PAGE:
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Hard row to hoe for farmers

Under Venezuela's price controls, many private ranchers and growers, unable to recoup their costs, are cutting output.

September 22, 2007|Chris Kraul | Times Staff Writer

MATURIN, VENEZUELA — These should be the best of times for dairy farmer Luis Espinoza.

The Venezuelan economy is booming, thanks to a flood of oil dollars, and consumer demand for food items including milk and cheese is unprecedented. Overall consumption by Venezuelans is up 10% this year, and vendors of cars, clothing, computers and many other goods are raking it in.

But things couldn't be much worse for Espinoza and hundreds of ranchers and farmers like him here in the northeastern state of Monagas. Espinoza's herd is dwindling, his milk output is shrinking and his future is more tenuous by the day.

He is a casualty of President Hugo Chavez's Socialism for the 21st Century, as the fiery leader calls his economic plan. Chavez's policies are squeezing out private farms in favor of worker-owned cooperatives that enjoy massive government subsidies and for which profits are of secondary importance.

Espinoza's problem is he cannot produce milk at the low price -- 50 cents a liter -- that the Chavez government has set for it. Nor can most private ranchers. Milk is one of 29 basic food items on which Chavez has slapped price controls. Others include cooking oil, flour, canned tuna, eggs, beef and poultry. Espinoza and other producers complain that the artificially low prices are leading them to ruin.

The lifelong rancher says he is under more than just economic pressure. In Venezuela's increasingly polarized society, he says, for-profit farmers are made to feel like villains.

"The worst is the psychological impact of the uncertainty and the political confrontations," said Espinoza, 54, as he walked among a cluster of cows from his 600-head herd, down from 900 seven years ago. "There are hatreds and passions and family conflicts that didn't exist before."

Because farmers including Espinoza can't recoup their costs, they are cutting production, forcing the Chavez government to import foods for which the country was once self-sufficient. Although worker cooperatives are producing more and more food, they are far short of covering the private sector's decline in output.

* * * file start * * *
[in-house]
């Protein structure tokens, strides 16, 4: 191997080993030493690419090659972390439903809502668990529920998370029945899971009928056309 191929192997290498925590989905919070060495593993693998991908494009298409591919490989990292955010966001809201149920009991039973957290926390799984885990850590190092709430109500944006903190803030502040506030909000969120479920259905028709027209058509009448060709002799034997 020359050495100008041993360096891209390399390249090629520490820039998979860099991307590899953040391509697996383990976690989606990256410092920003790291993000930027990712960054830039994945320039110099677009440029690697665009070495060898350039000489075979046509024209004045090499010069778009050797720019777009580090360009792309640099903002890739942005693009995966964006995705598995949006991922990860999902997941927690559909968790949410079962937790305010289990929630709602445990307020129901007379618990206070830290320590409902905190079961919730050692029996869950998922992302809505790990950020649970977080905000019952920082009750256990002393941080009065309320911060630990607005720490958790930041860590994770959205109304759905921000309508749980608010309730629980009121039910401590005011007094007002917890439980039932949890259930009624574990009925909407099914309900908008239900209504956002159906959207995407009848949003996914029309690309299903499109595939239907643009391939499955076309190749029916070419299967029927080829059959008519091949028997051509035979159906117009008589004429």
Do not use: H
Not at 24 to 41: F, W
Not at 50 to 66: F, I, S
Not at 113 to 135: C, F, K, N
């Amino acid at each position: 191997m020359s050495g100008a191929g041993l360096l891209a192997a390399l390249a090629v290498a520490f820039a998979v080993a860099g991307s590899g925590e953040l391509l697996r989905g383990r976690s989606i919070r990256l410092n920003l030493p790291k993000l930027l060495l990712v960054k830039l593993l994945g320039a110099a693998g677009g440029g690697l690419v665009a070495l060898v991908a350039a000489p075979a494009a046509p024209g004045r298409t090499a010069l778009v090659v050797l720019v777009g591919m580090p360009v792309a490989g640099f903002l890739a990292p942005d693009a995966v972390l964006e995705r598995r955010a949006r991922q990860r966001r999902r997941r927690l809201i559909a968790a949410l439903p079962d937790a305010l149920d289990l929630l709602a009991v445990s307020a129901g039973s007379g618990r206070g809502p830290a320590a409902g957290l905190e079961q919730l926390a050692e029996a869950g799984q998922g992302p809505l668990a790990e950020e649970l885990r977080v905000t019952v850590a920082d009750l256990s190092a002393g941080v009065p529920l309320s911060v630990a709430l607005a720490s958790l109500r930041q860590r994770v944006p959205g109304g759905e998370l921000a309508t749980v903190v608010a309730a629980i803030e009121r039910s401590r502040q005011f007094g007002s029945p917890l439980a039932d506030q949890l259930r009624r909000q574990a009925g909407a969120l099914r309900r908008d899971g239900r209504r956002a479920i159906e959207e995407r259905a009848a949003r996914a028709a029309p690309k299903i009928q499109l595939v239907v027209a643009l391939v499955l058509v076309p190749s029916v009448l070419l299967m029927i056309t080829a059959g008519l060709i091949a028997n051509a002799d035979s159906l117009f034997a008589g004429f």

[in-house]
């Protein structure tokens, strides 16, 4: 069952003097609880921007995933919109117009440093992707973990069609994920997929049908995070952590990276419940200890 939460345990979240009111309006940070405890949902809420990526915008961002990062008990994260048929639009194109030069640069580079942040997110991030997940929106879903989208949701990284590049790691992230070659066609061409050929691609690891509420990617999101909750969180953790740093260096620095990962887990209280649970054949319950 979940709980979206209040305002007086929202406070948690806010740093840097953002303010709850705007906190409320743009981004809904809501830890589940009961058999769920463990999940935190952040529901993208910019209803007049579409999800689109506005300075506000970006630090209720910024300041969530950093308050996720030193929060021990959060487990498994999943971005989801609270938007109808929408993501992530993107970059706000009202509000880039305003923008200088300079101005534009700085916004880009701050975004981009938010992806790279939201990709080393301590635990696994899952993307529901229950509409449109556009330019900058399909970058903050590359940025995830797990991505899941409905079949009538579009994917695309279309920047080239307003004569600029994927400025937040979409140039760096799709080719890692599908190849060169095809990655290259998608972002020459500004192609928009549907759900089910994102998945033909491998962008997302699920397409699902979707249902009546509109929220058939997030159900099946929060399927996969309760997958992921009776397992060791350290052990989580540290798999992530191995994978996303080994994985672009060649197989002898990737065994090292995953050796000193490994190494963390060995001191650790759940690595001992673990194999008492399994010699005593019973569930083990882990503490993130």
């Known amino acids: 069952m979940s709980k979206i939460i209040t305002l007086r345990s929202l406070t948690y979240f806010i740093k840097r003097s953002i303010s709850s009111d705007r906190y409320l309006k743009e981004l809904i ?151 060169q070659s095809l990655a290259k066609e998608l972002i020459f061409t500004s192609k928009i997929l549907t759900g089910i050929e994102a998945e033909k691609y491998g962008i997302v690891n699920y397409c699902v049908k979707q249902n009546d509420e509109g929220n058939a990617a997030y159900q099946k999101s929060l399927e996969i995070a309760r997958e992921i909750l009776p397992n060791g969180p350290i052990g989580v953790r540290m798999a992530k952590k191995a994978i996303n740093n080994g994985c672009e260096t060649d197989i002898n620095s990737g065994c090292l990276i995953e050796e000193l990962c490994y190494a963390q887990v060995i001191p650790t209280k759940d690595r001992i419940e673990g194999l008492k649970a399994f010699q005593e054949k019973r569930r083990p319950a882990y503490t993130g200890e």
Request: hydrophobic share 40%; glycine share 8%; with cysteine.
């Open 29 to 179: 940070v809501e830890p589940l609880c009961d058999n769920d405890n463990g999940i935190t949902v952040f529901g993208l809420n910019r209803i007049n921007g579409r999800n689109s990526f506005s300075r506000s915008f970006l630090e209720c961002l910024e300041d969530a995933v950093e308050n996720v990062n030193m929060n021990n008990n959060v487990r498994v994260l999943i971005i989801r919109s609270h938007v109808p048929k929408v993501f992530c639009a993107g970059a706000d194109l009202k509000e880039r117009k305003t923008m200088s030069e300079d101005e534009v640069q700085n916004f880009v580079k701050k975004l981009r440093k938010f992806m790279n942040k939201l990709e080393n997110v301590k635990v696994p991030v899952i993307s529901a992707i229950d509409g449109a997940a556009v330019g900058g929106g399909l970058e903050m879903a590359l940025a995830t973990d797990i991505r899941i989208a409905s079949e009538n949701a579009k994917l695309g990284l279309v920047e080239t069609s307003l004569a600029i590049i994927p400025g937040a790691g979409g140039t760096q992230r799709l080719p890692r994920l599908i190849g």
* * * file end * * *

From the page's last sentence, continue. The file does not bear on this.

Total Venezuelan imports could hit $40 billion this year, a 20% increase from 2006.

"The state's answer is to import milk and beef from Brazil, Argentina and New Zealand, creating jobs there and poverty here," said Jose Antonio Coraspe, a third-generation rancher and president of the Cattlemen's Federation in Monagas.

Chavez aims to address the long-standing inequities of Venezuelan society and better distribute the nation's oil wealth among the poor. His programs have made him enormously popular with a majority of Venezuelans, and last year he was reelected to another six-year term by a wide margin.

He claims to have reduced the country's poverty rate to 30% from 50% in the 1990s, eliminated illiteracy and raised the poor's standard of living by providing free healthcare, much of it administered by 25,000 Cuban doctors.

Another boon to the poor is the government's Mercal retail food chain, where more than half of all the grocery items consumed by Venezuelans are sold. Goods are discounted as much as 35% off market prices, thanks to government subsidies made possible by Venezuela's oil revenue, which now tops $1 billion a week.

Patrons at the Fabrizio Ojeda Endogenous Development Nucleus -- a center in the Catia slum of Caracas that includes a Mercal market, a medical clinic and a shoe factory -- lauded Chavez.

"I credit Chavez for this. We have very few means and he is the first leader who has cared about us. Just look at what he has done, not what he has said," said Yaneth Nava, a 32-year-old homemaker who was picking up free prescription medicine for her migraines.

But critics say the policies are unsustainable if oil prices fall, and that Chavez, by slowly smothering the private farm sector, is ensuring an even deeper crisis when that day comes because domestic production will be crippled.

"It is clear that Venezuela is sitting on a time bomb, though the timer has still left us enough time to react," said the August quarterly Perspective report by Ecoanalitica, a leading Caracas-based economic consulting firm, in addressing Chavez's spending.

Ken Shwedel, an agricultural economist with Rabobank in Mexico City, said: "These imports and subsidies are costing Chavez a lot of money, and it may not be sustainable. But with the price of oil at $80 a barrel, you can argue that he can afford it. At that price, you can afford to finance any bad policy."

The drop in domestic food production has happened so quickly that scarcities have developed. A thriving black market has since developed in which food items including sugar, beans and other staples are sold at an average 93% markup from the controlled price, according to a recent survey by the Venezuelan Teachers Federation, which monitors consumer prices.

Higher food prices are a key factor in Venezuelan inflation, which is expected to exceed 17% this year -- the highest in Latin America.

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